Most of the time, when a software developer is offering an API on Windows these days, they are leaning more and more toward .NET for that extensibility. I like to do this because I prefer to depend on my own methods that I can modify in the future and serve as a global entry point to their API, in the case that they change it.

Previously, when having to do this, and I couldn't inherit the API object because it was sealed or something, I would rely on the Adapter pattern to make my own classes that wrapped up their objects. This is a functional, but rather inelegant solution. Extension methods give you a beautiful way to add more functionality to something that you don't control.

Many other peoples' greatest usage for them is LINQ!

LINQ would not be possible without the extension methods provided to IEnumerable.

The reason why people love them is because they make code more readable.

I have noticed another MAJOR usage of extension methods (myself included) is to make code more readable, and make it appear as if the code to do something belongs where it is supposed to. It also gets rid of the dreaded "Util" static-god-class that I have seen many times over. What looks better... Util.DecimalToFraction(decimal value); or value.ToFraction();? If you're like me, the latter.

Finally, there are those who deem the "static method" as EVIL!

Many 'good programmers' will tell you that you should try to avoid static methods, especially those who use extensive unit testing. Static methods are difficult to test in some cases, but they are not evil if used properly. While extension methods ARE static... they don't look or act like it. This allows you to get those static methods out of your classes, and onto the objects that they really should be attached to.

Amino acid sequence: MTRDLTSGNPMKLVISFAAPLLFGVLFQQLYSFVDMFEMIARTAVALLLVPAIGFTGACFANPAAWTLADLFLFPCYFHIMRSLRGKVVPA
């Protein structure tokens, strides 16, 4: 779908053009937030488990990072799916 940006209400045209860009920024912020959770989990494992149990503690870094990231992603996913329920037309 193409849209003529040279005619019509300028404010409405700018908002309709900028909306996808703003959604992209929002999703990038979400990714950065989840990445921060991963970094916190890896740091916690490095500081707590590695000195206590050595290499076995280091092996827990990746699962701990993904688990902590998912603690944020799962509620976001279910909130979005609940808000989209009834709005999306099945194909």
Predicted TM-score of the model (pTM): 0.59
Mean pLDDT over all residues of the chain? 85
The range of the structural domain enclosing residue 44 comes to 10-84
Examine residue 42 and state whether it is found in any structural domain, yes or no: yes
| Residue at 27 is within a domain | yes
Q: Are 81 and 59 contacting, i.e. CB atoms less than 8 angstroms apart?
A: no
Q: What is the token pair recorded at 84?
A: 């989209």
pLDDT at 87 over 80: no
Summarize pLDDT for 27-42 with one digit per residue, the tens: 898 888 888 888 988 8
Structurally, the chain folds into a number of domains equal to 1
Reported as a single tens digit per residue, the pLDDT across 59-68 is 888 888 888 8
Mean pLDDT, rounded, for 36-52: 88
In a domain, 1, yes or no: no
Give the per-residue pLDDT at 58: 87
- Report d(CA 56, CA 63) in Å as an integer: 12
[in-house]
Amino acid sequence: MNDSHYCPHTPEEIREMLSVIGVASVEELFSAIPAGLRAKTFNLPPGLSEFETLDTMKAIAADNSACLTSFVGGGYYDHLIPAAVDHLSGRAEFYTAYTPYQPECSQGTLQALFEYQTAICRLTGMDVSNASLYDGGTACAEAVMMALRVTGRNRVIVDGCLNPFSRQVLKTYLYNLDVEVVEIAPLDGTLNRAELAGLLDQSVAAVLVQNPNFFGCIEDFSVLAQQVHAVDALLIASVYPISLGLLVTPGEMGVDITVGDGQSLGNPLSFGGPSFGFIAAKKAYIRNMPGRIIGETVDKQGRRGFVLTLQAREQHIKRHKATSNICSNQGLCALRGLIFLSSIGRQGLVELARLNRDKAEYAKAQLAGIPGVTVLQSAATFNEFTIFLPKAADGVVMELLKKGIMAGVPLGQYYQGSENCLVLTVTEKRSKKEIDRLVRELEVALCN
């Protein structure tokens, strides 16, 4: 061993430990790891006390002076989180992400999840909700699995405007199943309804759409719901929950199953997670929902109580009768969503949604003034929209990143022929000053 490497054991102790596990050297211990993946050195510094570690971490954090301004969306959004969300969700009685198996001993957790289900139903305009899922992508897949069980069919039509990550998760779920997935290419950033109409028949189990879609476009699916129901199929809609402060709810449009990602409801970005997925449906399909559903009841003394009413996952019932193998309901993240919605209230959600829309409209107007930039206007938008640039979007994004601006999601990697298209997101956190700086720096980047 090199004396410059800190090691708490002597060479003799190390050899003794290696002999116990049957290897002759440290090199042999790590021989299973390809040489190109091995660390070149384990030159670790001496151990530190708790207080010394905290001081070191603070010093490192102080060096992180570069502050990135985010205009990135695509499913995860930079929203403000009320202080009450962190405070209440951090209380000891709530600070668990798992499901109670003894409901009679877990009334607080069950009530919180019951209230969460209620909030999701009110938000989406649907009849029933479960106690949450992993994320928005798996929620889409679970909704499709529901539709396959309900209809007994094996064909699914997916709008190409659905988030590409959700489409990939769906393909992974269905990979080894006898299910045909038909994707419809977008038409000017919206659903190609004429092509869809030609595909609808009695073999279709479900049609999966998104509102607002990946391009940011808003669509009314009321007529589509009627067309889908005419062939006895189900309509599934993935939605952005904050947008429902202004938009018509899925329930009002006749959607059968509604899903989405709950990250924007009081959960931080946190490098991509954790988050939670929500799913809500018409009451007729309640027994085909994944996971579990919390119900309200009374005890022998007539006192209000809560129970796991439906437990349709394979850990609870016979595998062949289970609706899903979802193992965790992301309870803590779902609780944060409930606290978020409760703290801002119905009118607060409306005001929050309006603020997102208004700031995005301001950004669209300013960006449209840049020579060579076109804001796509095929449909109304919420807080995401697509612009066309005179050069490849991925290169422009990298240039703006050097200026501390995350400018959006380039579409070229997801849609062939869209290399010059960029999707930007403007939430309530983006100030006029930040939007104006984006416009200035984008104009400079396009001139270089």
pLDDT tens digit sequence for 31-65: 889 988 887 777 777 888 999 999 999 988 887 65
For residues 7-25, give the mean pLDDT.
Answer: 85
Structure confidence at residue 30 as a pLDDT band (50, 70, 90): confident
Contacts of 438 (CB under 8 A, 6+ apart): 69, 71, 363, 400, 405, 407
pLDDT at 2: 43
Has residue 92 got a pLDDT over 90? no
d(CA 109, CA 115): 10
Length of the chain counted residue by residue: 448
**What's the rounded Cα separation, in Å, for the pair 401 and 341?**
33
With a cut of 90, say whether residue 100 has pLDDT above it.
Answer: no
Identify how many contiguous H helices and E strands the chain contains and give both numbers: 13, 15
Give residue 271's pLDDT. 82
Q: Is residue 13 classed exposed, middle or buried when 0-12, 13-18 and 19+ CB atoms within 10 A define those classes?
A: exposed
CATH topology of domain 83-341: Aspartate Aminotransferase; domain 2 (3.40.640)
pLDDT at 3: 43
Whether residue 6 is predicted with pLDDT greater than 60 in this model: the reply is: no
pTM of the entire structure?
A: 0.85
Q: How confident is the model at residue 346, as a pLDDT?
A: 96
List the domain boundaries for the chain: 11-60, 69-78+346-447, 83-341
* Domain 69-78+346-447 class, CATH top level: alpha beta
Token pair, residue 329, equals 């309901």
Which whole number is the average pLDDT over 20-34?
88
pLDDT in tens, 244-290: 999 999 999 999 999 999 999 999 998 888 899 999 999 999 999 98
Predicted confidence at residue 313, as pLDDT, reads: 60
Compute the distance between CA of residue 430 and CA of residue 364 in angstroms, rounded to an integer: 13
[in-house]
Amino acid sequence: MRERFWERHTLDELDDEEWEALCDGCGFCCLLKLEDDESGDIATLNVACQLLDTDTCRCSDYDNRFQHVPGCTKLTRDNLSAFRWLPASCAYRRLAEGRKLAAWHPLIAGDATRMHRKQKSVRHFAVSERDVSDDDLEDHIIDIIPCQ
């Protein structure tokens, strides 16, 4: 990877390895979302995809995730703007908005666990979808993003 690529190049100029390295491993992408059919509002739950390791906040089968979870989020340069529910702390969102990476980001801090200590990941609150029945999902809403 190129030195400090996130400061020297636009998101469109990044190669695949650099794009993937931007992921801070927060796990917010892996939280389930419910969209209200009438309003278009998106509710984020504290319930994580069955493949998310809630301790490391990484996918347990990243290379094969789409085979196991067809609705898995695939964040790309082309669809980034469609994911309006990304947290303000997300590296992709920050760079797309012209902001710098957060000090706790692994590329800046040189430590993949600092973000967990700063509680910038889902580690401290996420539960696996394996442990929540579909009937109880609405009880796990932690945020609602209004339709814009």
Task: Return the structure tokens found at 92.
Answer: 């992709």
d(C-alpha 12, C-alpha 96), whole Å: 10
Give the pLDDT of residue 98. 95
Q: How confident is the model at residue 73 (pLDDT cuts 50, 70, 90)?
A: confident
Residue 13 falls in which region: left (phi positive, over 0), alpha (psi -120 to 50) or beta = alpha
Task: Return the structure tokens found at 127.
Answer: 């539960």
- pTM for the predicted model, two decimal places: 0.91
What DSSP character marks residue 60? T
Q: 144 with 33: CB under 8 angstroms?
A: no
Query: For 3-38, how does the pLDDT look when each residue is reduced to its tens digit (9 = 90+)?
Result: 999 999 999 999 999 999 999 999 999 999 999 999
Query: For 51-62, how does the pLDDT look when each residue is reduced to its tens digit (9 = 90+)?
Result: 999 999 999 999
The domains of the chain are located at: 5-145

Regarding performance..

Extension methods are no different than calling a static method, passing the object being extended as a parameter... because that is what the compiler turns it into. The great thing about that is that your code looks clean, it does what you want, and the compiler handles the dirty work for you.

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Thanks, Snicker, for this very thoughtful reply, and the link to other messages on SO in your comment. I did read many of those other posts, but still felt a need to ask my own "flavour" question. I am aa already a "fan" of using Static methods, fields, etc., and, to me, the issue of readability you raise is one definite motivation to use Extension Methods. If we ever get to Extension Properties, I'm ready for that, too :) best, Bill – BillW 0 secs ago –  BillW Oct 29 '09 at 22:20
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I use extension methods as a way to improve the functionality for classes without increasing the complexity of the class. You can keep your classes simple, and then add your repetitive work later on as an extension.

The Min() and Max() extension methods are great examples of this. You could just as easily declare a private method that would calculate these, but an extension method provides better readability, makes the functionality available to your entire project, and didn't require making an array any more complex of an object.

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Taking the sub-classing approach vs. extension methods requires a couple of things to be true

  1. The type must be extendable (not-sealed)
  2. All places the type is created must support a factory pattern of sorts or the other code will just create the base type.

Adding an extension method requires really nothing other than using a C# 3.0+ compiler.

But most importantly, an inheritance hierarchy should represent an is-a relationship. I don't feel that adding 1 or 2 new methods / behaviors to a class truly expressing this type of relationship. It is instead augmenting existing behavior. A wrapper class or extension method much better fits the scenario.

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In some cases you can't use a subclass: string for instance is sealed. You can however still add extension methods.